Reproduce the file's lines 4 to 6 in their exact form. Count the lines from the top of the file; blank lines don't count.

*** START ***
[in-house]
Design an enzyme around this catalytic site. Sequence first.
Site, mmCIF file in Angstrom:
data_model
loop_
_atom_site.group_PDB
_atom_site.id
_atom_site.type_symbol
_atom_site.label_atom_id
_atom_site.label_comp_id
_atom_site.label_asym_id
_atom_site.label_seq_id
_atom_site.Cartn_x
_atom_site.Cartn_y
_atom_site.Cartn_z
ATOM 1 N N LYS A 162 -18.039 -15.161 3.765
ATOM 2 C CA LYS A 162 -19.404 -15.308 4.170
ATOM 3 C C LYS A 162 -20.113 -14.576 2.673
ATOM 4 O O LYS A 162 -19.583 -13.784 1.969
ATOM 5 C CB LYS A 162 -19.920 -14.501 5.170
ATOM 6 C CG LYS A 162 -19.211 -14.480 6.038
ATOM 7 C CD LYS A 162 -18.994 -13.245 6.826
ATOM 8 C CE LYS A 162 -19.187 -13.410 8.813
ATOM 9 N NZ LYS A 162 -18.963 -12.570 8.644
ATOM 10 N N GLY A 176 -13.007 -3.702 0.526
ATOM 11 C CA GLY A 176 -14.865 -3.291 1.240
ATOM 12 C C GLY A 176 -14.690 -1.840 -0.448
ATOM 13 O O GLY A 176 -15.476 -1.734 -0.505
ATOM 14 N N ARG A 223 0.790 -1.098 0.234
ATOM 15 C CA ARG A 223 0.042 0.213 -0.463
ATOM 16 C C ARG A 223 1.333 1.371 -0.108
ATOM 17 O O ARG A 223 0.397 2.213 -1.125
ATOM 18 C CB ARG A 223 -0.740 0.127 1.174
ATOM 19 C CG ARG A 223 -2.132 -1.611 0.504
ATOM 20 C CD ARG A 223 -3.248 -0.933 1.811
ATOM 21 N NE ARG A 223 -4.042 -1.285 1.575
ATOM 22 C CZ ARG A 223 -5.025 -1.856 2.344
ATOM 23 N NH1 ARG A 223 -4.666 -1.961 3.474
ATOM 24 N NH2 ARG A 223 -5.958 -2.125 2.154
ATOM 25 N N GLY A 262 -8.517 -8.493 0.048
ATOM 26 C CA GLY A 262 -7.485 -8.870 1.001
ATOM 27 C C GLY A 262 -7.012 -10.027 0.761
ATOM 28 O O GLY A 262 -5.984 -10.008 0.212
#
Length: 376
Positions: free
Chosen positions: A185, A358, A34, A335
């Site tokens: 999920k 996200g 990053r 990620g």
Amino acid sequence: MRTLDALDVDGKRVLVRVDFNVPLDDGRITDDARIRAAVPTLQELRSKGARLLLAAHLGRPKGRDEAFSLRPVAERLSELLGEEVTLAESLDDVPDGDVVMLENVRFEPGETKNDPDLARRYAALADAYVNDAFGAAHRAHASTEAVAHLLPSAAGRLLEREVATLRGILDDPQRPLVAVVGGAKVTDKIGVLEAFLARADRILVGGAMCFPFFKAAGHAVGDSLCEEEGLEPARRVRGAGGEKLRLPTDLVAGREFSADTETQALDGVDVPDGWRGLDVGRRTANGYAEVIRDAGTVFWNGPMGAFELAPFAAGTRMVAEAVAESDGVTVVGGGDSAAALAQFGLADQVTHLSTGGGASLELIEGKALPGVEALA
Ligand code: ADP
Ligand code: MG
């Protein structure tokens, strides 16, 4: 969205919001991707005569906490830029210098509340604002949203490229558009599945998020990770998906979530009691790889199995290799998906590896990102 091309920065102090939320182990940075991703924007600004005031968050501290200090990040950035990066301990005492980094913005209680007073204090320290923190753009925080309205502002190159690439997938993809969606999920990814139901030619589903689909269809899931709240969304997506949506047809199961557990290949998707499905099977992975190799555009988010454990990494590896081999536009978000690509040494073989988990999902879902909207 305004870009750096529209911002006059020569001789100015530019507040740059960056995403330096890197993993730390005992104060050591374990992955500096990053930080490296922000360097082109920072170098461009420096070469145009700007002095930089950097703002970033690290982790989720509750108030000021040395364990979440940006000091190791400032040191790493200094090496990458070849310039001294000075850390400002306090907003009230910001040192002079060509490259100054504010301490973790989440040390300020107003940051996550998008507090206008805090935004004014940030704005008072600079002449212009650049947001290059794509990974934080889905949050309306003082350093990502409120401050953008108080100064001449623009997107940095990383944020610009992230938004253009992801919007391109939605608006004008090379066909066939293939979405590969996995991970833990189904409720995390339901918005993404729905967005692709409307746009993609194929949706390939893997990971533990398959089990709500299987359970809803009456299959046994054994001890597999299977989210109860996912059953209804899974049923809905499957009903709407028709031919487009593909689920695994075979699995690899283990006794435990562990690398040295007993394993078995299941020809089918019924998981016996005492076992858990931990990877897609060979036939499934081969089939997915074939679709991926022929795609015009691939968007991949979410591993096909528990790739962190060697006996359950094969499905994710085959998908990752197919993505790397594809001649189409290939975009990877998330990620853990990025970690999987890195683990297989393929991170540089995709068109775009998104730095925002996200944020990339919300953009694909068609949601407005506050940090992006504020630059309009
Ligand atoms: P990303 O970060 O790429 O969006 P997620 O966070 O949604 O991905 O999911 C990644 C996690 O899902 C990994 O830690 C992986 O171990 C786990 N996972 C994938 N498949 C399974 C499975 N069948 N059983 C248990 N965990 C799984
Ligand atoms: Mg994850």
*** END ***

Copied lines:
data_model
loop_
_atom_site.group_PDB